US army's new laser weapon could change the future of warfare
In December, the U.S. Army successfully tested a vehicle-mounted laser, destroying more than 90 mortar rounds and several unmanned aerial drones.
And an Army official tells Yahoo News that the test could have broad implications for the future, giving the U.S. an edge in low-cost and high-functioning defense technology.
'Although the laser can only engage one target at a time, we can lock in multiple strikes,' Terry Bauer, Program manager, Army High Energy Laser Mobile Demonstrator (HEL MD), told Yahoo News during a phone interview.
'The number of available shots is extremely high compared to a conventional system,' Bauer said. 'Whatever we aim at is what we hit.'
The Army first conducted tests using low power, 300-watt lasers in 2011. But the most recent test used a significantly more powerful 10-kilowatt laser powered by batteries and diesel fuel. Although the “High Energy Laser Mobile Demonstrator” may not sound that intimidating, it was essentially perfect during its test, knocking out dozens of airborne targets.
The test was conducted at the High Energy Laser Systems Test Facility, White Sands Missile Range, New Mexico. Going forward, the Army says it plans to increase the power of lasers used up to 100 kilowatts, although alternative power sources will be needed to boost the increasingly potent solid state lasers.
'This 10-kilowatt is just a stepping stone toward more militarily significant lasers,' Bauer said.
The Army Space and Missile Defense Command released a video of the demonstration. In the first two minutes of the clip, you can see the laser system targeting a drone. At first, it appears to simply be following the aircraft's flight pattern. However, since the laser itself is invisible to the naked eye, what appears to be plain video on the left of the screen is actual a live engagement taking place. Moments later, the drone crashes into the desert sands of New Mexico.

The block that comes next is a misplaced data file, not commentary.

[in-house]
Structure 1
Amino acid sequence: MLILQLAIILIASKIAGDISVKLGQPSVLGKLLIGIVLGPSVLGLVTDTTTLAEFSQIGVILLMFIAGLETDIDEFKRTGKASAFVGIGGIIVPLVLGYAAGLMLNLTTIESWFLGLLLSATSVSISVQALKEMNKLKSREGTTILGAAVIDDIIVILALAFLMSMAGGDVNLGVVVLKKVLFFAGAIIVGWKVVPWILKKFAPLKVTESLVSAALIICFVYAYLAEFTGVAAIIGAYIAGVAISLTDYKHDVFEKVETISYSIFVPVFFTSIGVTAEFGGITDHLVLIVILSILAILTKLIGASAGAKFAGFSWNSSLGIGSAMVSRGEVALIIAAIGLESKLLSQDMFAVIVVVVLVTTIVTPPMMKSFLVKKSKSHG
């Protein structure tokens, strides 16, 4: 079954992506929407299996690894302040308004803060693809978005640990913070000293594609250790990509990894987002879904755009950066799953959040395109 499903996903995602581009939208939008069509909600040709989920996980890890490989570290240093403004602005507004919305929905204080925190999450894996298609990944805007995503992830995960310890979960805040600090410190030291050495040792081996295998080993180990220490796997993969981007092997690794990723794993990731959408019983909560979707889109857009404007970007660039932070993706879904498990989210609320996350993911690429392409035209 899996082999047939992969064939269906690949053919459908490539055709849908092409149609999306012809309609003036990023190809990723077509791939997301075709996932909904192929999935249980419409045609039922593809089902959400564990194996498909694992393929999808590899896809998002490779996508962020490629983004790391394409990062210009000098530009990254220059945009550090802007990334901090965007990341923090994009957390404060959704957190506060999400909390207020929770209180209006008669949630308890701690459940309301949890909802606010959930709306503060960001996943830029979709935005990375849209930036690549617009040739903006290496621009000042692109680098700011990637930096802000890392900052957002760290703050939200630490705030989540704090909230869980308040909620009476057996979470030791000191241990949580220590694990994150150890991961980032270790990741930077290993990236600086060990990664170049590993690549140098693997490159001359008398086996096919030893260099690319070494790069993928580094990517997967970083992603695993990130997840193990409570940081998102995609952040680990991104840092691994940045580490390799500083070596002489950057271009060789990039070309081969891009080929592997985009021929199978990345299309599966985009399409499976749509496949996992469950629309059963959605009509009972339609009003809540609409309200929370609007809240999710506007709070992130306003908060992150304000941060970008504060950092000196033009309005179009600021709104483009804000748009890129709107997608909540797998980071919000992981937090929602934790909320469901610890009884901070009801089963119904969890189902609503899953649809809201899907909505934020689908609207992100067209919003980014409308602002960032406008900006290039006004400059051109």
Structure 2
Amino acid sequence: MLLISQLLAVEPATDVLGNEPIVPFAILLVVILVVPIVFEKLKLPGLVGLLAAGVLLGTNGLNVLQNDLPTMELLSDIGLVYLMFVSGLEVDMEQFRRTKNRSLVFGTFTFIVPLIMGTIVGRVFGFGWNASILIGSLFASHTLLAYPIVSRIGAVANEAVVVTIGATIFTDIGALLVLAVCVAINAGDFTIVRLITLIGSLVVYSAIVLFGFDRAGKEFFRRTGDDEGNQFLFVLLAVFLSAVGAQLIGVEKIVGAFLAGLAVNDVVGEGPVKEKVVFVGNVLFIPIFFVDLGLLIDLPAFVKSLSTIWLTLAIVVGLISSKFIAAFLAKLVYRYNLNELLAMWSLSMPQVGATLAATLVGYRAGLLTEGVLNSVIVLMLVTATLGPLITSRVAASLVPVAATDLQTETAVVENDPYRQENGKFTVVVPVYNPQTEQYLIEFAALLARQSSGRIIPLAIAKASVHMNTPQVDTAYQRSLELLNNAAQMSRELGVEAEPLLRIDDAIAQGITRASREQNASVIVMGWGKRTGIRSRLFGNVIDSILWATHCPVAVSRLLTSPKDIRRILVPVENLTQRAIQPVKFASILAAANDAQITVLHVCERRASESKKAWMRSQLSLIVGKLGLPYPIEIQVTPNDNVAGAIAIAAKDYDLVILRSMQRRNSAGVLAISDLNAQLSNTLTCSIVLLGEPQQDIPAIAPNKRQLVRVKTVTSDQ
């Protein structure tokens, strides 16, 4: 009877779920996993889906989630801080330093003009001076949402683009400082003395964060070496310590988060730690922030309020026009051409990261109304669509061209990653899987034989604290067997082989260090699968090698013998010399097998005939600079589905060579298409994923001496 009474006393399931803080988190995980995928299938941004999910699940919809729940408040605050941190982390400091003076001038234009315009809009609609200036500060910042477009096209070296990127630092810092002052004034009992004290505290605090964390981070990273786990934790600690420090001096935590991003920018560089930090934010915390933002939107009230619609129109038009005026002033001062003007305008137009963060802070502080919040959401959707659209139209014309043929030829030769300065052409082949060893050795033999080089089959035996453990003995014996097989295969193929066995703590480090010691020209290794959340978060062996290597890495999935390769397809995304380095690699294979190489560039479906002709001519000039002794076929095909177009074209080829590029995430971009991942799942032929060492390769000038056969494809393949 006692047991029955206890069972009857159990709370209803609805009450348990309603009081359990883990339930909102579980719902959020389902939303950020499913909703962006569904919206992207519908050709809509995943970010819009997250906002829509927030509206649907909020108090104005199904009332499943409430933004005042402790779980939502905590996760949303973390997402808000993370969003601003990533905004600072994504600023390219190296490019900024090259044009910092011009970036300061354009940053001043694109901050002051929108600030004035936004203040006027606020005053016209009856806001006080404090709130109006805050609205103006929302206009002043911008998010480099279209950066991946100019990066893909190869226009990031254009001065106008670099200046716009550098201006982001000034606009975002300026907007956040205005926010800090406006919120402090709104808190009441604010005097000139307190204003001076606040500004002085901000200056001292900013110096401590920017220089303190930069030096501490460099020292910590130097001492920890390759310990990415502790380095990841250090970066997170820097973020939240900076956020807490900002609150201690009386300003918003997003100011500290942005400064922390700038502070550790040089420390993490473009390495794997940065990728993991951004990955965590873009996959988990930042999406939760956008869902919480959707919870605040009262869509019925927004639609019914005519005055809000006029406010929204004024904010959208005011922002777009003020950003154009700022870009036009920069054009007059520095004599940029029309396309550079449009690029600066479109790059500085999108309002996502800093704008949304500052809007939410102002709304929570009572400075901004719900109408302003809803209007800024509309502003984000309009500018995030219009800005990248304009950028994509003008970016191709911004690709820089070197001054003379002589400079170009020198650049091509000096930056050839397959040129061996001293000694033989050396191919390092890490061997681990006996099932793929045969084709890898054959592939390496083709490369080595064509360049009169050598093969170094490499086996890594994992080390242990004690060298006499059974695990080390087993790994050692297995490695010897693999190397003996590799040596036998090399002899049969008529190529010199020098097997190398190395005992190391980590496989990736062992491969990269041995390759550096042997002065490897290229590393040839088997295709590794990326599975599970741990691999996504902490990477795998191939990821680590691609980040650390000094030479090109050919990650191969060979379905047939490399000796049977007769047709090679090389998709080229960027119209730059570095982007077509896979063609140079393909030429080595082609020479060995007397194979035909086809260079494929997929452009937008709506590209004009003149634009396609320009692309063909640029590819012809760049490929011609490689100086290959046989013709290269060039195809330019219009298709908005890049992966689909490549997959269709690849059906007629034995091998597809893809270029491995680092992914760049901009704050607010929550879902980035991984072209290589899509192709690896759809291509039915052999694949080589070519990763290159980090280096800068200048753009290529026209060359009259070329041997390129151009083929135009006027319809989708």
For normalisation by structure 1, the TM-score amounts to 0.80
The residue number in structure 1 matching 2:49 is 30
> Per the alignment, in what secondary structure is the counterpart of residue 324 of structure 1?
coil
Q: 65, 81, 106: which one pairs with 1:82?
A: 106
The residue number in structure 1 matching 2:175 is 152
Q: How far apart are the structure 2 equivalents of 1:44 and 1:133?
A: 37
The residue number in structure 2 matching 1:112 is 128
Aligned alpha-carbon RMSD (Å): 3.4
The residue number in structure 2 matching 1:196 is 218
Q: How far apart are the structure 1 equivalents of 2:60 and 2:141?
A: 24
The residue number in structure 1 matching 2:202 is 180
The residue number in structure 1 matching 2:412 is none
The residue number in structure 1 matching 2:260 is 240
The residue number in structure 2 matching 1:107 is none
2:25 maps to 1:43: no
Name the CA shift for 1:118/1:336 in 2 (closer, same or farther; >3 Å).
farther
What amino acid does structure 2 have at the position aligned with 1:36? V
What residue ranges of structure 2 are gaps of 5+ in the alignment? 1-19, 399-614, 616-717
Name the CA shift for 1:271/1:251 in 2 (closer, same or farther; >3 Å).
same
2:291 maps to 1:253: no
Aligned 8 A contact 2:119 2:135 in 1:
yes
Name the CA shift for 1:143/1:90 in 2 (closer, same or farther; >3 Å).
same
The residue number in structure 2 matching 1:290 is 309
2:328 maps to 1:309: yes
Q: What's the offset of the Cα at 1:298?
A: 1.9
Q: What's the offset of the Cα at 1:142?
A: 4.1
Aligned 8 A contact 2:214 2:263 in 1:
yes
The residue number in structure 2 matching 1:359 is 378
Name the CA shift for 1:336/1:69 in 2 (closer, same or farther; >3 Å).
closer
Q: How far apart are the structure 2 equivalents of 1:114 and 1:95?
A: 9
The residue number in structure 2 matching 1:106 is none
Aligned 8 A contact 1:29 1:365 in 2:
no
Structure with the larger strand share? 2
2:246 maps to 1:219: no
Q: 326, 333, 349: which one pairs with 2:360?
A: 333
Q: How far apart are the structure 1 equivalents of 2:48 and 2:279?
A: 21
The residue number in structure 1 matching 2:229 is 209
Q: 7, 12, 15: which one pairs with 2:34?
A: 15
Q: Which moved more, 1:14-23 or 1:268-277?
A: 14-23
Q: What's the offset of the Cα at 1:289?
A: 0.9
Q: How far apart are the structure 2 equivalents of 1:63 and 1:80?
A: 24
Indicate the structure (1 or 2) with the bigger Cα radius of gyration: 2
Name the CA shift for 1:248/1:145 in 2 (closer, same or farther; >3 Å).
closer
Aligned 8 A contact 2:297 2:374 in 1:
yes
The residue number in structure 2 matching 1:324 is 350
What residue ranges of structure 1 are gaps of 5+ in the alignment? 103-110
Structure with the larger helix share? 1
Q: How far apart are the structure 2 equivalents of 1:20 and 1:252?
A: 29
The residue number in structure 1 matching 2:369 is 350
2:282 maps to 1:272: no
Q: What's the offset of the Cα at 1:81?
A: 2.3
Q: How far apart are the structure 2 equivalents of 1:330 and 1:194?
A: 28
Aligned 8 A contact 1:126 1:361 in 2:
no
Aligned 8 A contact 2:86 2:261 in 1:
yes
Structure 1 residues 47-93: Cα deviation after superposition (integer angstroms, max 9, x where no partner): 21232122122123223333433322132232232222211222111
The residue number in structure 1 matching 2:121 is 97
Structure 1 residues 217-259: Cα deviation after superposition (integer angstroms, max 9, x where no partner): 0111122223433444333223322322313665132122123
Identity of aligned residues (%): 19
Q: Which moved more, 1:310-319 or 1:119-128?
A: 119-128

Later in the video, the mortar engagements provide the kind of fireworks more commonly expected by the untrained eye, as the mortars explode in midair after being targeted by the laser system.
Bauer said the mortar and UAV drones replicate battlefield conditions faced by U.S. forces on the battlefield and could prove increasingly useful as the use of military-styled drones become more prevalent in the near future. The lasers have another distinct advantage, moving at the speed of light, allowing the Army to stay focused on a quickly moving target.
The U.S. Navy has also experimented with lasers mounted aboard cruise vessels. In April 2013, the Navy announced plans to deploy a laser-mounted cruiser to the Persian Gulf in 2014. However, there are still technological limitations for their use, including unfriendly weather conditions.
Several components of the program also remain shrouded in mystery. The Army has not revealed how far its lasers can travel or how long they are able to sustain a defensive posture before needing to recharge. And while a focus on the technology is clearly growing, it remains to be determined just how many laser-mounted vehicles the Army plans to deploy in coming years.
The vehicle-mounted system was developed over four years. And while Bauer says it has been expensive for the military develop, its portability and lack of heavy, expensive munitions could make it cost-effective over time.
'It could be utilized and cost-effective over time,' he said. 'In the end it could save considerable money.'
And who knows, it might not be long before lasers are squaring off against unmanned F-16s in the field of battle.